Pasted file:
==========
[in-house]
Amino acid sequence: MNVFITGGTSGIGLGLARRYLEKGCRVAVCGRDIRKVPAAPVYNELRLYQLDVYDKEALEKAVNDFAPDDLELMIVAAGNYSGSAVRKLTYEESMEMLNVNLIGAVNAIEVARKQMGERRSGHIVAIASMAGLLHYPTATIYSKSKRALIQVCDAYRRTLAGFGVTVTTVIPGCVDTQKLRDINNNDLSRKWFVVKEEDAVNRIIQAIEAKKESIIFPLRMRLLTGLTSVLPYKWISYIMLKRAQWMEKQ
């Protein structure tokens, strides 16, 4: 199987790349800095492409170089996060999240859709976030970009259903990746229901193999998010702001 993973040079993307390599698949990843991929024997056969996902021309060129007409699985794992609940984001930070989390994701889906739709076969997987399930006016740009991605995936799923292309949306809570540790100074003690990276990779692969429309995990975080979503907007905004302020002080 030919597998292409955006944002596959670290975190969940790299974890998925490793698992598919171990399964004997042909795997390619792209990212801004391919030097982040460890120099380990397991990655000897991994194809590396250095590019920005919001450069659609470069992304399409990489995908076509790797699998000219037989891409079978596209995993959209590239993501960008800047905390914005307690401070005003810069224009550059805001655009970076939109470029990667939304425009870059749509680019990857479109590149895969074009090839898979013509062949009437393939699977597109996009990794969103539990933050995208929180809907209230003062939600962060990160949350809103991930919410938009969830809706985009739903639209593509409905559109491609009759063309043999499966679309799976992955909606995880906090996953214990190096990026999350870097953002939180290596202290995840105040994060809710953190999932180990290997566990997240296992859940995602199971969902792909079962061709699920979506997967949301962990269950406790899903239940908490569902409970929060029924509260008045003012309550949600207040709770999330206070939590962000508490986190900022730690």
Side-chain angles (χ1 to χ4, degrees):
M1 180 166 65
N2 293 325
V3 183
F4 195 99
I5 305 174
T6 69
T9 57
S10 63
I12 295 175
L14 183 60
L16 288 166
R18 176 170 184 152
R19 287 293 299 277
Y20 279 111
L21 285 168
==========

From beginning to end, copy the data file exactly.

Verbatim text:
[in-house]
Amino acid sequence: MNVFITGGTSGIGLGLARRYLEKGCRVAVCGRDIRKVPAAPVYNELRLYQLDVYDKEALEKAVNDFAPDDLELMIVAAGNYSGSAVRKLTYEESMEMLNVNLIGAVNAIEVARKQMGERRSGHIVAIASMAGLLHYPTATIYSKSKRALIQVCDAYRRTLAGFGVTVTTVIPGCVDTQKLRDINNNDLSRKWFVVKEEDAVNRIIQAIEAKKESIIFPLRMRLLTGLTSVLPYKWISYIMLKRAQWMEKQ
């Protein structure tokens, strides 16, 4: 199987790349800095492409170089996060999240859709976030970009259903990746229901193999998010702001 993973040079993307390599698949990843991929024997056969996902021309060129007409699985794992609940984001930070989390994701889906739709076969997987399930006016740009991605995936799923292309949306809570540790100074003690990276990779692969429309995990975080979503907007905004302020002080 030919597998292409955006944002596959670290975190969940790299974890998925490793698992598919171990399964004997042909795997390619792209990212801004391919030097982040460890120099380990397991990655000897991994194809590396250095590019920005919001450069659609470069992304399409990489995908076509790797699998000219037989891409079978596209995993959209590239993501960008800047905390914005307690401070005003810069224009550059805001655009970076939109470029990667939304425009870059749509680019990857479109590149895969074009090839898979013509062949009437393939699977597109996009990794969103539990933050995208929180809907209230003062939600962060990160949350809103991930919410938009969830809706985009739903639209593509409905559109491609009759063309043999499966679309799976992955909606995880906090996953214990190096990026999350870097953002939180290596202290995840105040994060809710953190999932180990290997566990997240296992859940995602199971969902792909079962061709699920979506997967949301962990269950406790899903239940908490569902409970929060029924509260008045003012309550949600207040709770999330206070939590962000508490986190900022730690």
Side-chain angles (χ1 to χ4, degrees):
M1 180 166 65
N2 293 325
V3 183
F4 195 99
I5 305 174
T6 69
T9 57
S10 63
I12 295 175
L14 183 60
L16 288 166
R18 176 170 184 152
R19 287 293 299 277
Y20 279 111
L21 285 168